One year ago, Russia was reveling in the Sochi Olympic Games that turned a snowless Black Sea port city into a winter sport paradise, anonymous athletes into national heroes and a horde of medals into evidence of its domination of world sport.
Today, Russia's sporting ego is bruised. Since German television channel ZDF/ARD broadcast a documentary in December in which Russia track and field athletes and officials alleged their sport was plagued with systematic doping, Russia has been scrambling to provide answers and assurances.
"You have to get past the 'he said, she said,'" Dick Pound, former president of the World Anti-Doping Agency (WADA), told The Moscow Times during a recent interview at his Montreal law office. "The German TV channel has some real smoking guns. They are satisfied there is enough of a case that WADA said it had to take an active role in figuring out what is going on."
Pound is set to lead a three-person panel that will investigate the claims made primarily by track and field athletes, including runner Yulia Stepanova and her husband, Vitaly Stepanov, a former employee of RUSADA, Russia's national anti-doping agency. They alleged in the documentary that coaches and sporting officials are complicit in Russian track and field athletes' use of performance enhancing drugs.
"Most of them [dope]. The greater part. Ninety-nine percent," Olympic discus thrower Yevgenia Pecherina, who is currently serving a 10-year ban for doping, said in the documentary when asked about the prevalence of doping among Russia's national track and field athletes.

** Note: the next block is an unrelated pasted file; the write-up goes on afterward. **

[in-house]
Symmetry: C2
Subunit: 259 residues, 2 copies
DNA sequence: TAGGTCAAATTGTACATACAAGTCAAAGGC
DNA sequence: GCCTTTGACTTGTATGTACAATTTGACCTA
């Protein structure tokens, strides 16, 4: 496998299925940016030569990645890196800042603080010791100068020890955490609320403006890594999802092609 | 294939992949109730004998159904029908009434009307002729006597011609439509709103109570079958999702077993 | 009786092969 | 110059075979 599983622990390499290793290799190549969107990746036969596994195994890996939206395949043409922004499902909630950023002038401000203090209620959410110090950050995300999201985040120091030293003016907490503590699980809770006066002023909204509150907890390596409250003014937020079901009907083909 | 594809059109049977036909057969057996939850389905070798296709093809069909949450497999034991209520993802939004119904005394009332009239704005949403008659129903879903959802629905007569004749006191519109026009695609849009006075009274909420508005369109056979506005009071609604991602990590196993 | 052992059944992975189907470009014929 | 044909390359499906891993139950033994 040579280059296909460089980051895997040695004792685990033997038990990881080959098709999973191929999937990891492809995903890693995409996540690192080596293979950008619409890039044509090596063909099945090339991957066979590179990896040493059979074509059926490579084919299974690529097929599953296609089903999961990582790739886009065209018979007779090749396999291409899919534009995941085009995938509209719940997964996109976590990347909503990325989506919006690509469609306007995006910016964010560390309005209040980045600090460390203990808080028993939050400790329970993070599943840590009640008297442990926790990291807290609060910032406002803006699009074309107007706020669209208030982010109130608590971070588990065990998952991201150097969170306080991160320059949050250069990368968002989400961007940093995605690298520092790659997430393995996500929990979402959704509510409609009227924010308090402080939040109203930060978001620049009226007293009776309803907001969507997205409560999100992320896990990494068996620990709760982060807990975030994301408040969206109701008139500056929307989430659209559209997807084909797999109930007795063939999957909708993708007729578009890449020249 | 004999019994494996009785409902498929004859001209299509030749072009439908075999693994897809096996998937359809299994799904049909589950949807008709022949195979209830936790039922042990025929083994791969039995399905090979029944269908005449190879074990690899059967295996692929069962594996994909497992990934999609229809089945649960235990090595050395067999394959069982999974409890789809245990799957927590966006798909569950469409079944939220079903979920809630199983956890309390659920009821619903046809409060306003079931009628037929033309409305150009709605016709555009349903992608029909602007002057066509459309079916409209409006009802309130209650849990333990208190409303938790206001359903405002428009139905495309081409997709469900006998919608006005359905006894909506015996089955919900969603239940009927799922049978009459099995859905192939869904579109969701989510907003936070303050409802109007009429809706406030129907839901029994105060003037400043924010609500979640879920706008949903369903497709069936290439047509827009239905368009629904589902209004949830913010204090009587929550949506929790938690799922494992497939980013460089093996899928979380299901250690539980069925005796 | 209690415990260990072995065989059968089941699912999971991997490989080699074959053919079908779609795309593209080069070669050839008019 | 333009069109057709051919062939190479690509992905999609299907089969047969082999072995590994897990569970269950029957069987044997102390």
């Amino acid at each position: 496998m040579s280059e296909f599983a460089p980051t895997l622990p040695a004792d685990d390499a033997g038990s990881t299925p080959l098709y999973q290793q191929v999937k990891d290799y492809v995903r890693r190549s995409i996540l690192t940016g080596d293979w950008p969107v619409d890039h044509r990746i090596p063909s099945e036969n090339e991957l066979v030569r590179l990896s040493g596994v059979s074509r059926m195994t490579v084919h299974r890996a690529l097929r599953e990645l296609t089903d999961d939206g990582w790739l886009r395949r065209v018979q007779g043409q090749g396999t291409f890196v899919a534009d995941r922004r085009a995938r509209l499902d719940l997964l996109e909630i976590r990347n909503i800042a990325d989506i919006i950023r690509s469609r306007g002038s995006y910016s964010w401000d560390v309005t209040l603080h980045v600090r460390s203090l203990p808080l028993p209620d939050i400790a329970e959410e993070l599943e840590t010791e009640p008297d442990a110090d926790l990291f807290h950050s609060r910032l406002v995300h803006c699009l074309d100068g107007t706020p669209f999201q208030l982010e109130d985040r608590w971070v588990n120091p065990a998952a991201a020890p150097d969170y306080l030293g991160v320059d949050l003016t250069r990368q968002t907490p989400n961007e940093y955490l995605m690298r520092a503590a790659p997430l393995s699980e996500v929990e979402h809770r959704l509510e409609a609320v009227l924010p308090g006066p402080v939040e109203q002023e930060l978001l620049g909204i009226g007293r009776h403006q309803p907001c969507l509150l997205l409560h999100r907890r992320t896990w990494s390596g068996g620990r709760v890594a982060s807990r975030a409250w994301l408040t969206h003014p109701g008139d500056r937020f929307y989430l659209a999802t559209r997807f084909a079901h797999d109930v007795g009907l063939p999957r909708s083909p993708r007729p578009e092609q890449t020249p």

If WADA does uncover systemic doping in the sport, Russian athletes and officials could be held accountable at a series of levels, including the International Association of Athletics Federations (IAAF) and the International Olympic Committee, according to Pound.
"And if it involves the country as a whole, then [WADA would have to report] to … UNESCO," Pound said. "Russia is a signatory to the international [anti-doping] convention, and if our committee finds that it is not in compliance with the convention, we'll say [to UNESCO]: 'This is your problem, what do you do with it?'"
The allegations have roiled the Russian athletics community. Five race-walkers, including three Olympic gold medalists and a world champion, were suspended last month by RUSADA for violating international anti-doping regulations.
Former head of WADA, Dick Pound.
Long-time athletics coach Valentin Maslakov resigned over the scandal on Jan. 23, a decision Sports Minister Vitaly Mutko called "courageous" in an interview with Sport Express newspaper. The head of the Russian athletics federation, Valentin Balakhnichev, has also relinquished his position of treasurer of the IAAF pending its investigation of doping practices in Russia. He vowed to sue the program makers for defamation.